Too often, when we think about leadership we jump straight to the final act, the part about the work. Sustainable leadership though, we were invited to think, comes first from the deep knowledge that you are baptized, that you are looked on with the eyes of love and claimed as one of God’s own children. This is critical, that our work comes from a place of security and confidence that we are already claimed by God. Our leadership, our work, our relationships, our pastimes – all of that can feel hollow, empty, unsustainable if we are using them to try and fill a hole left by anxiety that there is something unseen, unknown, or unloved about us. In his baptism, as in ours, Jesus learns that he is God’s beloved, now and for always.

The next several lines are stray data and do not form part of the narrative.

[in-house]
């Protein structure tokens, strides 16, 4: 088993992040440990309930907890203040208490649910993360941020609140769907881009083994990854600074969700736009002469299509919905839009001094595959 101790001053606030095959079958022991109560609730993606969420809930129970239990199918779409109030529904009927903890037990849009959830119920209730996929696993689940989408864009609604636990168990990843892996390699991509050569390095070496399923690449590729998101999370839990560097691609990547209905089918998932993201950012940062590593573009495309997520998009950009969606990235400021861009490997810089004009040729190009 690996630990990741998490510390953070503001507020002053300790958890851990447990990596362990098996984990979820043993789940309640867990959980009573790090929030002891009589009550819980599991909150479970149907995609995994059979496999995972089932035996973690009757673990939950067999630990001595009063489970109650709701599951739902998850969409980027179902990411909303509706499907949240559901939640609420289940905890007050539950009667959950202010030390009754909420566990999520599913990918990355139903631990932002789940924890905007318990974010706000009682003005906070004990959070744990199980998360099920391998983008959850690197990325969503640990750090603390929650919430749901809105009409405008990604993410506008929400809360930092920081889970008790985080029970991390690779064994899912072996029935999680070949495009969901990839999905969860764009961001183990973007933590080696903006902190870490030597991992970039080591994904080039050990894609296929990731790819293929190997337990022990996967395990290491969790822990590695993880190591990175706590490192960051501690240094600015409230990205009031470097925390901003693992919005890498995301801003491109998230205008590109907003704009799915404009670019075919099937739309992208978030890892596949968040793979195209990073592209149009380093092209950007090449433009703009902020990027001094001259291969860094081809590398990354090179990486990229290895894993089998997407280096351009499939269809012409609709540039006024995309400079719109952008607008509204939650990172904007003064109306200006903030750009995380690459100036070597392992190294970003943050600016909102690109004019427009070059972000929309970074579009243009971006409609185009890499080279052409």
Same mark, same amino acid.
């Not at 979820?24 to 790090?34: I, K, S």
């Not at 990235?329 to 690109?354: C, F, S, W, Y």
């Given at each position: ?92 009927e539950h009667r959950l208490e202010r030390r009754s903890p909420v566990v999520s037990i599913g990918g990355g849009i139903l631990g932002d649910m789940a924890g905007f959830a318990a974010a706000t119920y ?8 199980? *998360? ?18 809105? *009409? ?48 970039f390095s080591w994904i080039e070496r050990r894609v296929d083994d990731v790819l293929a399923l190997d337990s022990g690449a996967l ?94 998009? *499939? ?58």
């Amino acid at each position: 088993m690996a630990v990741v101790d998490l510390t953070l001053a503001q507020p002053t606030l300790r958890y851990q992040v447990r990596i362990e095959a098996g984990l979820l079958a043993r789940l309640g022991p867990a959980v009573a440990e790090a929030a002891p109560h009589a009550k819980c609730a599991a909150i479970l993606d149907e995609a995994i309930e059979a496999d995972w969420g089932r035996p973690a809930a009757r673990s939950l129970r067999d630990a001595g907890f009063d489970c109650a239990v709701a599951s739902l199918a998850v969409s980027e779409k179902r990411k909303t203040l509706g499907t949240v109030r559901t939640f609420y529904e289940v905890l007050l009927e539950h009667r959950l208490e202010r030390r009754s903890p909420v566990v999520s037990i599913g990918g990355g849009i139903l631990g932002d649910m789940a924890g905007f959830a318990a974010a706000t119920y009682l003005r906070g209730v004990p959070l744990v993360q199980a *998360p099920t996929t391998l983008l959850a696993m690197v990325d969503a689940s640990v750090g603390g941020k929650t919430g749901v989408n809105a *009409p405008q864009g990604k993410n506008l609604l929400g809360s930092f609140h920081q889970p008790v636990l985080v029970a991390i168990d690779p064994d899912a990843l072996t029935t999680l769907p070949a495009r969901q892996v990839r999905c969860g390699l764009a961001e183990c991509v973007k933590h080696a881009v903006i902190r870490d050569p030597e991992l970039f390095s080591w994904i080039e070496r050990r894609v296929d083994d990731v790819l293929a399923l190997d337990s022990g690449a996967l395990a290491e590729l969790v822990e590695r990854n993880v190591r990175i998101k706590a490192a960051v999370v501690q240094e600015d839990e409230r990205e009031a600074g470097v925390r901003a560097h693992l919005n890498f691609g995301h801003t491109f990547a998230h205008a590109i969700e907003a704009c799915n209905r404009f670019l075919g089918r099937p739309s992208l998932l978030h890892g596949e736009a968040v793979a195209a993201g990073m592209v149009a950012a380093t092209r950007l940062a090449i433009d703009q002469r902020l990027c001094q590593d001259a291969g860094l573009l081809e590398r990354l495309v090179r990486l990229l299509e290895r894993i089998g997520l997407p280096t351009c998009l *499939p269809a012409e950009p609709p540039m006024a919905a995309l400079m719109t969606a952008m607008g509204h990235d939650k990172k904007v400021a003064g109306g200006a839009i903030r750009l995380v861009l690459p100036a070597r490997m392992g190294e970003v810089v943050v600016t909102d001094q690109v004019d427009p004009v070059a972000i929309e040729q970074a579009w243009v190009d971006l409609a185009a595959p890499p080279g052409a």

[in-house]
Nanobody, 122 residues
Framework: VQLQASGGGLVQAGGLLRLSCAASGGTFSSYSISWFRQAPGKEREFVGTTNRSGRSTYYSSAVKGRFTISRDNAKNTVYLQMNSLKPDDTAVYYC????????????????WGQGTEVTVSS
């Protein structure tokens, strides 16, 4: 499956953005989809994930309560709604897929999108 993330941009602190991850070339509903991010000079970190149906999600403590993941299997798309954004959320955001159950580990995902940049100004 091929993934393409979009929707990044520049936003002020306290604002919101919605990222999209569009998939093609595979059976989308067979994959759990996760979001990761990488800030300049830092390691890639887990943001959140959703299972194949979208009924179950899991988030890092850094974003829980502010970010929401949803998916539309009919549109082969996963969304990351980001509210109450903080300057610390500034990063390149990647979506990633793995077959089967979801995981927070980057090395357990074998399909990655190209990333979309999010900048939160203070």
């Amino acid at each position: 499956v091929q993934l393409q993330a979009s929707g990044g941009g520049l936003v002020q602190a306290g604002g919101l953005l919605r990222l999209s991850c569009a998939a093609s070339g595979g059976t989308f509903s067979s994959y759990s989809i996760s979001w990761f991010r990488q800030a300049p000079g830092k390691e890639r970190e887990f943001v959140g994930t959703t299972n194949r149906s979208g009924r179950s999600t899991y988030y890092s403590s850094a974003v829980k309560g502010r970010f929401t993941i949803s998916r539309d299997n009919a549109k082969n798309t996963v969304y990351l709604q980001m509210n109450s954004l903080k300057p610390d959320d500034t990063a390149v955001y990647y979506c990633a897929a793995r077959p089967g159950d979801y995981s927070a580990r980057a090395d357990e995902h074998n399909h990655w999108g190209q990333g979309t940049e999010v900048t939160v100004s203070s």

But, what to do with that knowledge? What does it mean to be beloved of God? Is it license to conquer? Is it power to subjugate? Is it assurance of wealth or prosperity? Is it cause to look down upon others? Is it freedom from responsibility? The story of Jesus’ temptations in the wilderness reflect the very real struggles each one of us has to face in our own lives. As one of the pastors in the bible study said, “you can’t be tempted with things you don’t want.” Jesus is tempted with bread, religious authority and worldly power. Temptations ranging from daily necessities to lifelong ambitions, and certainly understandable desires for someone born, as a Palestinian Jew under Roman occupation, into hunger for change.